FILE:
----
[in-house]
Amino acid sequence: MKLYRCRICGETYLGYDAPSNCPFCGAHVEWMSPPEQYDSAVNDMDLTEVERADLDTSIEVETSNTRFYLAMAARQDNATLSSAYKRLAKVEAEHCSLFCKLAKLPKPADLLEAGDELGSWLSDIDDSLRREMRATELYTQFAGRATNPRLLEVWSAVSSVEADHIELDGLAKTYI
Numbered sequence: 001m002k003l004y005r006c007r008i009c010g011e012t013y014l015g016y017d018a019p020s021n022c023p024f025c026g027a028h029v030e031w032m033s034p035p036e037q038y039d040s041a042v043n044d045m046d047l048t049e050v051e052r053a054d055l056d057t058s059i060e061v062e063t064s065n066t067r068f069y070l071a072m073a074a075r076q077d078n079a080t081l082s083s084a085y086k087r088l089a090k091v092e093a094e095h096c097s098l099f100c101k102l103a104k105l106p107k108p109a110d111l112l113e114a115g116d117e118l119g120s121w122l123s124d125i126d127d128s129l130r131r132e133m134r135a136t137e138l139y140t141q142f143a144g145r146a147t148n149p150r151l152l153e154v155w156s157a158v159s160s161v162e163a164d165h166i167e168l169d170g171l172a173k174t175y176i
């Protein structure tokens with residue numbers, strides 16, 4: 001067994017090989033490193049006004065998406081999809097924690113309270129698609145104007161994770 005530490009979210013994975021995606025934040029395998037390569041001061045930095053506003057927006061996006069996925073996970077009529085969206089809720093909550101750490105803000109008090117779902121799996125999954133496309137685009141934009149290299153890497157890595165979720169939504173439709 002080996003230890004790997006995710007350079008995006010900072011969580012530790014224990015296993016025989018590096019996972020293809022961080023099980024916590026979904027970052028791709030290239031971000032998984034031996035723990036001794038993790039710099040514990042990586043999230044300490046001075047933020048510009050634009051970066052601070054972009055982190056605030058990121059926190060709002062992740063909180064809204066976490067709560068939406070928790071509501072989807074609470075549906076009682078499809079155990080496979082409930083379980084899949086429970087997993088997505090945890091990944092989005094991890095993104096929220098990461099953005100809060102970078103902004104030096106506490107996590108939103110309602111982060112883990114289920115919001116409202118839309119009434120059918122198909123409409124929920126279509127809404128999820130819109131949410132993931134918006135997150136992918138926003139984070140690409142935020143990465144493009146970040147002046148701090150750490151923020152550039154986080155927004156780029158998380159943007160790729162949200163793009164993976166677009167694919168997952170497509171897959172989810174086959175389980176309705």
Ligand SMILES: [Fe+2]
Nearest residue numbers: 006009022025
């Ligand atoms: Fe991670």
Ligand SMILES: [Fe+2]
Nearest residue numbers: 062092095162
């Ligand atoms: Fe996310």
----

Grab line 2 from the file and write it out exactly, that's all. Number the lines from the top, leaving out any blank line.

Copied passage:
Amino acid sequence: MKLYRCRICGETYLGYDAPSNCPFCGAHVEWMSPPEQYDSAVNDMDLTEVERADLDTSIEVETSNTRFYLAMAARQDNATLSSAYKRLAKVEAEHCSLFCKLAKLPKPADLLEAGDELGSWLSDIDDSLRREMRATELYTQFAGRATNPRLLEVWSAVSSVEADHIELDGLAKTYI